The Beverly Allen School and Virginius Thornton–Forgotten Virginia History
The history of education related to people of color in West Point, Virginia began before the town incorporated in 1870, yet most Virginians have never heard of the Beverly Allen School. The building, which still stands on 13th Street, was recently purchased by West Rock and is under renovation.
The West Point 29
The historic Beverly Allen School was at center of the controversy related to school segregation in West Point, Virginia (Dobbins v. Commonwealth 1957). The West Point 29 and the 8 parents arrested were represented by Oliver Hill and Spottswood Robinson.
(NAACP Papers, Library of Congress–Spottswood W. Robinson III, Oliver Hill with West Point students George Leakes and Elaine Bowen)
(JET, February 26, 1953)
Virginius Bray Thornton III
One of the graduates and the valedictorian of the Beverly Allen School in 1951 was Virginius Bray Thornton III. He was a founding member of the Student Nonviolent Coordinating Committee (SNCC) who worked with Dr. Martin Luther King, Jr.
In an iconic photo, he and other American Civil Rights leaders Bernard Lee, Dave Forbes, Henry Thomas, Lonnie C. King Jr, James Lawson, Reverand Wyatt Tee Walker, Michael Penn, Clarence Mitchell, Marion Barry and Dr. King are gathered in May 1960 on the campus of Atlanta University. As a local and national leader in the Civil Rights Movement, he is included in the National Museum of African American History and Culture.
Virginius Bray Thornton III completed his undergraduate degree at Virginia Union and in 1961, he was the first African American graduate student in the College of Arts and Sciences at the University of Virginia. At Virginia State University, he led the Petersburg sit-in movement.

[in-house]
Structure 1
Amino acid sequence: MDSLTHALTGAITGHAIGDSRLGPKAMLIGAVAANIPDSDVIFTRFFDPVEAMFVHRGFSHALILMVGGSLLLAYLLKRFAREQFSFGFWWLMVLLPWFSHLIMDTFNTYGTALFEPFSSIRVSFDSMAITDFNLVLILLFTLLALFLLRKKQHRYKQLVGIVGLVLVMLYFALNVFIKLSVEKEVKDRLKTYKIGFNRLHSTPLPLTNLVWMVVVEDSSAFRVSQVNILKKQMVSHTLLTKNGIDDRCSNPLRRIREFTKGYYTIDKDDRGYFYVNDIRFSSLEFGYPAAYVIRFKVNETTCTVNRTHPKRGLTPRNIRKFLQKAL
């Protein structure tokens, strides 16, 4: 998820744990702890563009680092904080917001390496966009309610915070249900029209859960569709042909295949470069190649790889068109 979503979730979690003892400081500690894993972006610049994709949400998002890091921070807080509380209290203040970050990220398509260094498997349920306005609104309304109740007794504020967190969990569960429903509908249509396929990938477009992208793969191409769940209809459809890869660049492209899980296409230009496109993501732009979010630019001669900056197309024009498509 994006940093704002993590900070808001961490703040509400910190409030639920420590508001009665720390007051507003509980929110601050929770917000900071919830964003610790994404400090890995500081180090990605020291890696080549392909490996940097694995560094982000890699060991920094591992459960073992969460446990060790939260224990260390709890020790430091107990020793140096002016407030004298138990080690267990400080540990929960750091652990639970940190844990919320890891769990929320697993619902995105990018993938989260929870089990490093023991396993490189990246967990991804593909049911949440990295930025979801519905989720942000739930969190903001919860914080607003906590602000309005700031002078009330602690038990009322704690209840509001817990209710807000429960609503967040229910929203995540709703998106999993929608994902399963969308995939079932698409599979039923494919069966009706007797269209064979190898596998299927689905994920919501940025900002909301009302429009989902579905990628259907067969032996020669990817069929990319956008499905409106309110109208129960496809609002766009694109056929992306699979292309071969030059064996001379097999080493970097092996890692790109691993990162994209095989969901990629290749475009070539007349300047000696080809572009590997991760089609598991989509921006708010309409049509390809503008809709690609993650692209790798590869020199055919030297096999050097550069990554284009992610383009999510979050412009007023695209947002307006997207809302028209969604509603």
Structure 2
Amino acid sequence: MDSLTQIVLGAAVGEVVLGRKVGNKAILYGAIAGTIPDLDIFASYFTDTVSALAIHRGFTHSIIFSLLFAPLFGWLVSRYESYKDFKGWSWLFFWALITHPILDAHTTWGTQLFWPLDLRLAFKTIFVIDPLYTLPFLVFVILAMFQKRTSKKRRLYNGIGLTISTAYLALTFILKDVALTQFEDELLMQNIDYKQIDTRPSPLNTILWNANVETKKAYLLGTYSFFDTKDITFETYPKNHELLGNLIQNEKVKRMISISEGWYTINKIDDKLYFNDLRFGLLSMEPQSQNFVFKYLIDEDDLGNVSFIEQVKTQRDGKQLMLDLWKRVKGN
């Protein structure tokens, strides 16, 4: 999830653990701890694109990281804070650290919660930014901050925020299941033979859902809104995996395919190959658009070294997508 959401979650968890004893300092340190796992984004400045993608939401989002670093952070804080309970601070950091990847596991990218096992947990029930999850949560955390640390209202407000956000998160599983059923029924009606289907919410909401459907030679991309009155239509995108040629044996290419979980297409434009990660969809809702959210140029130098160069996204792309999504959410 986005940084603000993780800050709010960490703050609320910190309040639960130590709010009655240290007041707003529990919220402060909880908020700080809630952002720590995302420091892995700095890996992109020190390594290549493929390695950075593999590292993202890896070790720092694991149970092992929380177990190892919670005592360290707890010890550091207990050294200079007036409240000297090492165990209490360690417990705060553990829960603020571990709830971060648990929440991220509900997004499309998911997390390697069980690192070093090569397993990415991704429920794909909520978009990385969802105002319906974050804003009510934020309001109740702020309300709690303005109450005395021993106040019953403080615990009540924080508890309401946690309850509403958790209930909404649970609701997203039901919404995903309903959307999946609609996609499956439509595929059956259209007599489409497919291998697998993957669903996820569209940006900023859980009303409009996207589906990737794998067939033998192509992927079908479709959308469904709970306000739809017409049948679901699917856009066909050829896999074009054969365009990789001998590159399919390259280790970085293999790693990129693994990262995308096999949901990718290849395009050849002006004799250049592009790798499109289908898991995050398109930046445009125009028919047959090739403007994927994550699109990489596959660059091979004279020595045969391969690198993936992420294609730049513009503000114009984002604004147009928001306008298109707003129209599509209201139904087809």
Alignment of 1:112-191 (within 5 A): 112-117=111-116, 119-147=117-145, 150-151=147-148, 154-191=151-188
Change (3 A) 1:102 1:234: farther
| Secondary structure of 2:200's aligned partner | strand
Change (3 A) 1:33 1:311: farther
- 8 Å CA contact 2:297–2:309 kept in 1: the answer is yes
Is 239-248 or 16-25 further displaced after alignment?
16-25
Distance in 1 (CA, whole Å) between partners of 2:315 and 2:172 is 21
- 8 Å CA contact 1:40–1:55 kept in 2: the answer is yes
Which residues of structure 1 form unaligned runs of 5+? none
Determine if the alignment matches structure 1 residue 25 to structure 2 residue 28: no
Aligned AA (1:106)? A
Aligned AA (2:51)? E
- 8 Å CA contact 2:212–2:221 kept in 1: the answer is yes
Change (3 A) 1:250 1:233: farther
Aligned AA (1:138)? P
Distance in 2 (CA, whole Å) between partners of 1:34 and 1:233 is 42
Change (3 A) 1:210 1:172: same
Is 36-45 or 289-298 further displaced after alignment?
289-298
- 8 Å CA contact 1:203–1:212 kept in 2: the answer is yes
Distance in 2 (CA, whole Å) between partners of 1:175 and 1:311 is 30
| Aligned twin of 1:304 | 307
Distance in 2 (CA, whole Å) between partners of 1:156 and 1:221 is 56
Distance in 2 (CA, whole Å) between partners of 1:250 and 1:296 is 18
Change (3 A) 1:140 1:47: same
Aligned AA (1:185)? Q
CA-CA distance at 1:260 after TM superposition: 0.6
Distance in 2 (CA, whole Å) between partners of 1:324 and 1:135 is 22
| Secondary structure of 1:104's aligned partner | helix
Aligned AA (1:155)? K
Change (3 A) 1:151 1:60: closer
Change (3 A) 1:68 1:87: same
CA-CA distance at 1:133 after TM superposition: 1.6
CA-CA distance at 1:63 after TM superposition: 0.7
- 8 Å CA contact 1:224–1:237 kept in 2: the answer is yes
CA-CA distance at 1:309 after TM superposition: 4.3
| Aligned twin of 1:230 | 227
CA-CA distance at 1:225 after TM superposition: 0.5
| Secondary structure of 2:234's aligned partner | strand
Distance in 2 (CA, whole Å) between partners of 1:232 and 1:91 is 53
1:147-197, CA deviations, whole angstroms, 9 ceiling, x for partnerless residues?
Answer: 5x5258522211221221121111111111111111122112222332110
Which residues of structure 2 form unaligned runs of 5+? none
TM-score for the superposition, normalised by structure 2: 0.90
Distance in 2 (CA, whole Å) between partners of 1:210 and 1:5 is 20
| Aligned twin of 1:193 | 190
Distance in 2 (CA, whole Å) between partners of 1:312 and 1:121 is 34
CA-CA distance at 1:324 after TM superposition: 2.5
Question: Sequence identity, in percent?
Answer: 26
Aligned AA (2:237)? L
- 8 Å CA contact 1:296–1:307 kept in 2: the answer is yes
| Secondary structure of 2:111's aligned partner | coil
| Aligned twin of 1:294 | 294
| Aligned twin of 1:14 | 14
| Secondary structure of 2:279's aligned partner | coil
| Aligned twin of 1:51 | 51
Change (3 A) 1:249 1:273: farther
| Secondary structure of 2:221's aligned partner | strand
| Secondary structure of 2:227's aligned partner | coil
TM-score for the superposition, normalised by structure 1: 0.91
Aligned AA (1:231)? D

Virginius Thornton’s story and that of the West Point 29 highlight how important it is that small, rural communities are not forgotten as scholars dig deep to recover the past and make the invisible visible. Every story. Every ancestor. Every community.
To learn more about the early history of people of color in the three rivers region of Virginia where the York River is formed at West Point by the confluence of the Mattaponi and Pamunkey rivers, follow the the Beverly Allen Historic Preservation Foundation on Facebook and visit the website at recoverthepast.org.
Editor’s note: Want to learn about the African American experience from the arrival of the first Africans in 1619 to present day? Mark your calendar for the Determined: The 400-year Struggle for Black Equality exhibition.